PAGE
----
The Miami Heat capped off their epic run through the playoffs Thursday night, defeating the San Antonio Spurs, 95-88, in Game 7 of the 2013 NBA Finals in Miami.
The Heat are officially back-to-back champions and plans are already underway for a raucous parade down Biscayne Boulevard.
LeBron James earned his second-straight Finals MVP award for his efforts in the series, which includes a legendary fourth-quarter and overtime performance in Game 6 that cemented his legacy as one of the game’s all-time greats.
James had 37 points, 12 rebounds and four assists in the Game 7 victory, willing his team to a win in the biggest moment and on the biggest stage. His second straight NBA Finals MVP was as deserving as they come—using his performances in Games 6 and 7 would have been enough to justify the trophy.
James was also 5-of-10 from behind the arc, making the Spurs pay for the decision to go under screens and give him space to work with. LBJ did everything asked of him and more in this series, and deserves all the praise soon to be heaped his way after his legendary string of games in June.
As noted by Turner Sports' Rachel Nichols, the American Airlines Arena was motivated and ready to put claims of bandwagon status to rest early on in the game:
It was an unbelievably even series through six games, with the 3-3 series count giving way to the idea that neither team was willing to budge one inch. Miami took a two-point lead into the half after a late Wade basket to close the second quarter, but the game was far from over.
The Spurs cut it to one by the end of the third quarter, but a Mario Chalmers three-pointer that was banked in at the buzzer gave the Heat some momentum heading into the final frame.
Miami managed to grab the lead without a point from three of its biggest stars (via Ethan J. Skolnick of The Palm Beach Post):
As Los Angeles Lakers reporter Mike Trudell noted, the defense was buckling down for both teams after a series full of big-time stops:
A back-and-forth fourth quarter featured big shots by both teams, with James and Shane Battier hitting long threes to extend the lead and Manu Ginobili and Kawhi Leonard each hit big shots to keep the Spurs within two points at the two-minute mark.
San Antonio had a chance to tie in the final minute, but Tim Duncan missed a sweeping right-handed layup that would have knotted the score at 90. NFL.com's Ian Rapoport couldn't believe it:
James then hit a clutch jumper with 27.9 seconds to play to put the Heat up by four, and San Antonio's last-ditch efforts on the other end were in vain as Miami completed the victory and the third title in the history of the franchise.
Dwyane Wade added 23 points in his second straight impressive performance with the series on the line, and Shane Battier redeemed himself after a poor Eastern Conference Finals with six three-pointers off the bench—a number tied for the most ever in a Game 7 in NBA history.
The Heat won this game without Chris Bosh, Ray Allen or Mike Miller scoring a point.
On the other side, Duncan led the Spurs with 24 points and 16 rebounds. Leonard had 19 points and 16 rebounds in another performance that makes you feel like he's going to be an unquestioned star very soon, and Tony Parker and Ginobili both finished in double figures to contribute in San Antonio's losing effort.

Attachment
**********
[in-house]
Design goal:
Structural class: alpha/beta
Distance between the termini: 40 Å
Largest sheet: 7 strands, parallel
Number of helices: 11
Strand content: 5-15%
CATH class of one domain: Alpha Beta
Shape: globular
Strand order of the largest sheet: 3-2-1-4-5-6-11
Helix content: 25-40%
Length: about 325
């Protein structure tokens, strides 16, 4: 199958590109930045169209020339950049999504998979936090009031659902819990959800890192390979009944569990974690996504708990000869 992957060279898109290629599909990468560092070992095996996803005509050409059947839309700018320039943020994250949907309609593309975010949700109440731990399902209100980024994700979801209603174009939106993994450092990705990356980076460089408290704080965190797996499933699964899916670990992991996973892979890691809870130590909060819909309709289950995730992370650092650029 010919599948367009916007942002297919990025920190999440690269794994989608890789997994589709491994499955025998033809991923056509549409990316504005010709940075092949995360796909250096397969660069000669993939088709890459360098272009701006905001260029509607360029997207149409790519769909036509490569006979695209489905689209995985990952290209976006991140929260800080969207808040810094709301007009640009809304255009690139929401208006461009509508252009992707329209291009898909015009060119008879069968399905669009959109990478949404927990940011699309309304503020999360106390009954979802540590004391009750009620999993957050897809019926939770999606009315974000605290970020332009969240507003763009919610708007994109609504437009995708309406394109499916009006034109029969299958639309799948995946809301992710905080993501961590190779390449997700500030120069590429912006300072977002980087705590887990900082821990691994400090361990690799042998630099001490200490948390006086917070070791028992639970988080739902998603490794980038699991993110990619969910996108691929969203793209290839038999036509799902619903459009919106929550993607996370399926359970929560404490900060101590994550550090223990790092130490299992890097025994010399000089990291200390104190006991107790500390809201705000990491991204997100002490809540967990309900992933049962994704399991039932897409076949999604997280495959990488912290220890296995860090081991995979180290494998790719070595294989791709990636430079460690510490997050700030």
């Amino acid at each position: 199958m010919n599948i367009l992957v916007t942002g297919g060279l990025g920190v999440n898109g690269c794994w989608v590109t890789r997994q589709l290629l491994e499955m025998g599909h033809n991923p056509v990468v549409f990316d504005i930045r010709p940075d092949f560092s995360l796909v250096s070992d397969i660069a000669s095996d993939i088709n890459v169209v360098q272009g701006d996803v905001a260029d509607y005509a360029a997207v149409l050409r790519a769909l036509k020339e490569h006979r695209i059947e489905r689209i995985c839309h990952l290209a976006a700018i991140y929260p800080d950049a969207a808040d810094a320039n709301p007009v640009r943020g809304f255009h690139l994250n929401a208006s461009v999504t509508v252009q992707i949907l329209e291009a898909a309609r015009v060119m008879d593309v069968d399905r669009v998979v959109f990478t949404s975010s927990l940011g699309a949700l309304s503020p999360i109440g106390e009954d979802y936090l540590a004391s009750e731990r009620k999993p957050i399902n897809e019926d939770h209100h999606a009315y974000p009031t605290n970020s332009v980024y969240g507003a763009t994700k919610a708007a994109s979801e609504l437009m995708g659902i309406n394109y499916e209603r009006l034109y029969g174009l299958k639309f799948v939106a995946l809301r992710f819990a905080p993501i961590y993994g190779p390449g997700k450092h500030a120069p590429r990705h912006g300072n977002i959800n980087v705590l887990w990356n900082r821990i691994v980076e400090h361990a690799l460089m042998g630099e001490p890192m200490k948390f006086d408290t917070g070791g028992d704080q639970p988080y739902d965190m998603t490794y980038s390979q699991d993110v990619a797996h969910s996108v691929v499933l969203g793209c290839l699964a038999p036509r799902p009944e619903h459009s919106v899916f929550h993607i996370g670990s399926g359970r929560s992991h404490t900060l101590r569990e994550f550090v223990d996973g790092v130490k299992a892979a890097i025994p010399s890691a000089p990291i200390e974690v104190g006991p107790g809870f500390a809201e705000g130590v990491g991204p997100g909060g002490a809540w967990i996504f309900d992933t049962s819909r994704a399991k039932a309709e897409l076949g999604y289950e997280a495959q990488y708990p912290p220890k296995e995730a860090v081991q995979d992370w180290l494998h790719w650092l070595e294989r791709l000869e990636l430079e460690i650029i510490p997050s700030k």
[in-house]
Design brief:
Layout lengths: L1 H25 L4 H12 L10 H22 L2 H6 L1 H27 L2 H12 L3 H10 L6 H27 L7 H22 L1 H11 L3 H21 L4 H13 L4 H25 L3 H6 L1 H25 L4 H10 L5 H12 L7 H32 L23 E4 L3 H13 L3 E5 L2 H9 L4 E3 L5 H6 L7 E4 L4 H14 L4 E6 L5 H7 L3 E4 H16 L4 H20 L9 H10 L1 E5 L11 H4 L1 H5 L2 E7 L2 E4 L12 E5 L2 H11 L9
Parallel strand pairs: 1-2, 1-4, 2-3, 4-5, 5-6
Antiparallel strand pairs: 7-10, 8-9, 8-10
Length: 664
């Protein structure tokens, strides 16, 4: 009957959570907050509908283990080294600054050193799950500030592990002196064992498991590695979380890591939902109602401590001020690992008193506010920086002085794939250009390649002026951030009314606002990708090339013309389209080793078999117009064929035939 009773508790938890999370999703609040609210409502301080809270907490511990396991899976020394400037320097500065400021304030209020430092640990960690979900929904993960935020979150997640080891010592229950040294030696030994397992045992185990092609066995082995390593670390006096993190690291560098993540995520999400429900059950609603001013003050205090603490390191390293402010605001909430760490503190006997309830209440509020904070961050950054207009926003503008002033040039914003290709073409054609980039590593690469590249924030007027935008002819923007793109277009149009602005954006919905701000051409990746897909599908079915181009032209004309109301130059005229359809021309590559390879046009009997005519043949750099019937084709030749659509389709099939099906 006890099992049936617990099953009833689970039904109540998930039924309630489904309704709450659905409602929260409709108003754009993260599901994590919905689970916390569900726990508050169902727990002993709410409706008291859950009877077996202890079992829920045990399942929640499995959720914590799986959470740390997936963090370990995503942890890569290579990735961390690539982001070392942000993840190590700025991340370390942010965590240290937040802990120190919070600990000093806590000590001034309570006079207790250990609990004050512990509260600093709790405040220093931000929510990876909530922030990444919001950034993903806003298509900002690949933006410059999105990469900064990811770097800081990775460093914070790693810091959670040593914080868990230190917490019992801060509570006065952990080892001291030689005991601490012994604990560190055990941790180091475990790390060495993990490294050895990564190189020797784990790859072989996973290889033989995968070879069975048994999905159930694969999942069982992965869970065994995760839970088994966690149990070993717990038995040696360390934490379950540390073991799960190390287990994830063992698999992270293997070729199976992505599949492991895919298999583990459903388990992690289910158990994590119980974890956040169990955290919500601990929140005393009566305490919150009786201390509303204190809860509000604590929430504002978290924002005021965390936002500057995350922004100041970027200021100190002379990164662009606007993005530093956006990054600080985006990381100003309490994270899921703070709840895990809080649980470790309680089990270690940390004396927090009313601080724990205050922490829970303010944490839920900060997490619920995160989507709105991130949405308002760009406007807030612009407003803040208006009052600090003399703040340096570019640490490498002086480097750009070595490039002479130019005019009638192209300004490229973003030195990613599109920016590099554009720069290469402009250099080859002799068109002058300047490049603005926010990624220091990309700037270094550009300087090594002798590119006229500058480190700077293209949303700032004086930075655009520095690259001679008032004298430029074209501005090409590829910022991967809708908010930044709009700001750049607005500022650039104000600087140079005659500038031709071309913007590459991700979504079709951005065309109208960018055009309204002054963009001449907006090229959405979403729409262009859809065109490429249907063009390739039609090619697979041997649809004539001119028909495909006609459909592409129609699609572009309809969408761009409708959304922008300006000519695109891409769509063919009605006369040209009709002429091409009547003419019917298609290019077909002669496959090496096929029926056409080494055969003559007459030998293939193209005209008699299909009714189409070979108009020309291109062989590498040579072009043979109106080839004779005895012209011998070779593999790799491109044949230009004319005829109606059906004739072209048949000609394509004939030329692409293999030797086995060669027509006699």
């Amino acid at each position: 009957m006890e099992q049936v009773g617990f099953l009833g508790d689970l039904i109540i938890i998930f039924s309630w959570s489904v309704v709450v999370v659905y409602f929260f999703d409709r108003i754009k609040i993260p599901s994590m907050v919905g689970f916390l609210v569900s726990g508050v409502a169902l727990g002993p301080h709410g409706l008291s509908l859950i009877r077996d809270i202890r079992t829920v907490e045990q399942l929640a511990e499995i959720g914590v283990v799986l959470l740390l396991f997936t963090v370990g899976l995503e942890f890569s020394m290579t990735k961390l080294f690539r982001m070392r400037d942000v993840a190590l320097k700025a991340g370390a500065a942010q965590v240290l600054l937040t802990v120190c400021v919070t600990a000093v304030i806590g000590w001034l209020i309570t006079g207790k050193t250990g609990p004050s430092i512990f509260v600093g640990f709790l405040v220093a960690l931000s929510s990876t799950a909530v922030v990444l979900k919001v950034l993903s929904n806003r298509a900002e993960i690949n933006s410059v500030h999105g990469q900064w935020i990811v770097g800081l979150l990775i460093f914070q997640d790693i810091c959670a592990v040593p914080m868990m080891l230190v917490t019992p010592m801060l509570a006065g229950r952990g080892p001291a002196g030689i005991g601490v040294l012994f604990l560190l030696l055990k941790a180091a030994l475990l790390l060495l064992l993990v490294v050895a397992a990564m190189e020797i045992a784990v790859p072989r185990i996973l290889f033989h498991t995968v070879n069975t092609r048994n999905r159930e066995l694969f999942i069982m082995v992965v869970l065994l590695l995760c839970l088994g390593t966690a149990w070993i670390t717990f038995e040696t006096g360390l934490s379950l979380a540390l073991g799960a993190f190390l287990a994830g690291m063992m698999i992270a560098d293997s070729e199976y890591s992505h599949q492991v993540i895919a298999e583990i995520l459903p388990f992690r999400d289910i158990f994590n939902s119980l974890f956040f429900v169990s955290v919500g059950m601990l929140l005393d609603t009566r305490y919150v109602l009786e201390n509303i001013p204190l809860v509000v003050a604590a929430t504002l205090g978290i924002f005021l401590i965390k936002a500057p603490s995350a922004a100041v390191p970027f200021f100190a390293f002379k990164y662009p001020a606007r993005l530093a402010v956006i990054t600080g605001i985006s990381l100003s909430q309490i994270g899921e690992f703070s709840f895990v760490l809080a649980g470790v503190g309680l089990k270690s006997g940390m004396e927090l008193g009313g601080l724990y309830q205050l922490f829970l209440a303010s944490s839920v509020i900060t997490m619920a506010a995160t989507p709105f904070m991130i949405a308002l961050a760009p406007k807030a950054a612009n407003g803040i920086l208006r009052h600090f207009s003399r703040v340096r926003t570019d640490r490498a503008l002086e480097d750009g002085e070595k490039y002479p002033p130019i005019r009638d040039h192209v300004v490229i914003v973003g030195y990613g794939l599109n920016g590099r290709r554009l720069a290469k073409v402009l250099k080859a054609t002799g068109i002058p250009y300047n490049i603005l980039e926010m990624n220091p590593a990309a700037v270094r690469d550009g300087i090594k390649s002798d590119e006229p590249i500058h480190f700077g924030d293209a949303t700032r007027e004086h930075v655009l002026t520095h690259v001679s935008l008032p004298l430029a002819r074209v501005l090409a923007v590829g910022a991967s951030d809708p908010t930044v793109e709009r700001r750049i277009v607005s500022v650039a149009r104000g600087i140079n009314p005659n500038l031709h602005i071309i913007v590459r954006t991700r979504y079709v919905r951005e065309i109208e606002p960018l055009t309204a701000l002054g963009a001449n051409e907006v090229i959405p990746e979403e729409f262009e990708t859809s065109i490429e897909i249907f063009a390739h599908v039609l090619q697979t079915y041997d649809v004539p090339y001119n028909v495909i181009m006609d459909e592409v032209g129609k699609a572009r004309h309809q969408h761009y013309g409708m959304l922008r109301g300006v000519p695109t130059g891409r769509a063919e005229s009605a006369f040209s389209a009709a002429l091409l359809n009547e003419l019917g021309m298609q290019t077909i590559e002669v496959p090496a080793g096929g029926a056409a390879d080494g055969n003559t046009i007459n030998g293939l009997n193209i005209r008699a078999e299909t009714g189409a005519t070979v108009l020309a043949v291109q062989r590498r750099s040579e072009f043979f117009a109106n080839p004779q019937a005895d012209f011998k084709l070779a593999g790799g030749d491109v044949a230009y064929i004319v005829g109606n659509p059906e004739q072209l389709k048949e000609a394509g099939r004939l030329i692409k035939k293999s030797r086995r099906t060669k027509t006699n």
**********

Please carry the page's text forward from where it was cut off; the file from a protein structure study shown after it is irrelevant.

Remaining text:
Danny Green and Gary Neal, two of the heroes from earlier in the series, combined for 10 points (two three-pointers) on 3-of-19 shooting with three turnovers and one assist. It was a marvelous season for the Spurs, but Gregg Popovich's boys came up just short in their pursuit of title No. 5.
This Game 7 Miami win heralds in the official start of a new dynasty in South Beach, one that could bring home plenty more titles in the coming years. The Heat have now captured two titles and been to three Finals in the Big Three-era, which has every reason to last a bit longer.
Although James, Dwyane Wade and Chris Bosh all have the option to become free agents after the 2013-14 campaign, it’s hard to imagine a scenario in which these defending champs would break up a core that is going to be a favorite to three-peat next year.
Miami would follow the 1952-54 Minneapolis Lakers, 1959-68 Boston Celtics (eight-peat), 1991-93 Chicago Bulls, 1996-98 Bulls and 2000-02 Los Angeles Lakers as the sixth team to accomplish this impressive feat.
There’s also the bold prediction that James made, back when he first made the controversial decision to take his talents to South Beach. He truly believes that this group is capable of winning more than seven championships together.
With No. 2 out of the way, he and the rest of the Heat supporting cast in one more step closer to actually achieving his seemingly unmanageable prophecy.
However, as Kevin Garnett said after his 2008 championship run with the Boston Celtics, “anything is possible.”
Anyone who saw the multiple miracles in the waning moments of Game 6 can attest to that, as it just seems that no scenario is too far-fetched or impossible for this elite cast of superstars and role players.
Miami shouldn’t rest on its laurels for too long, but the players certainly deserve some time off to soak this all in for a second-straight year.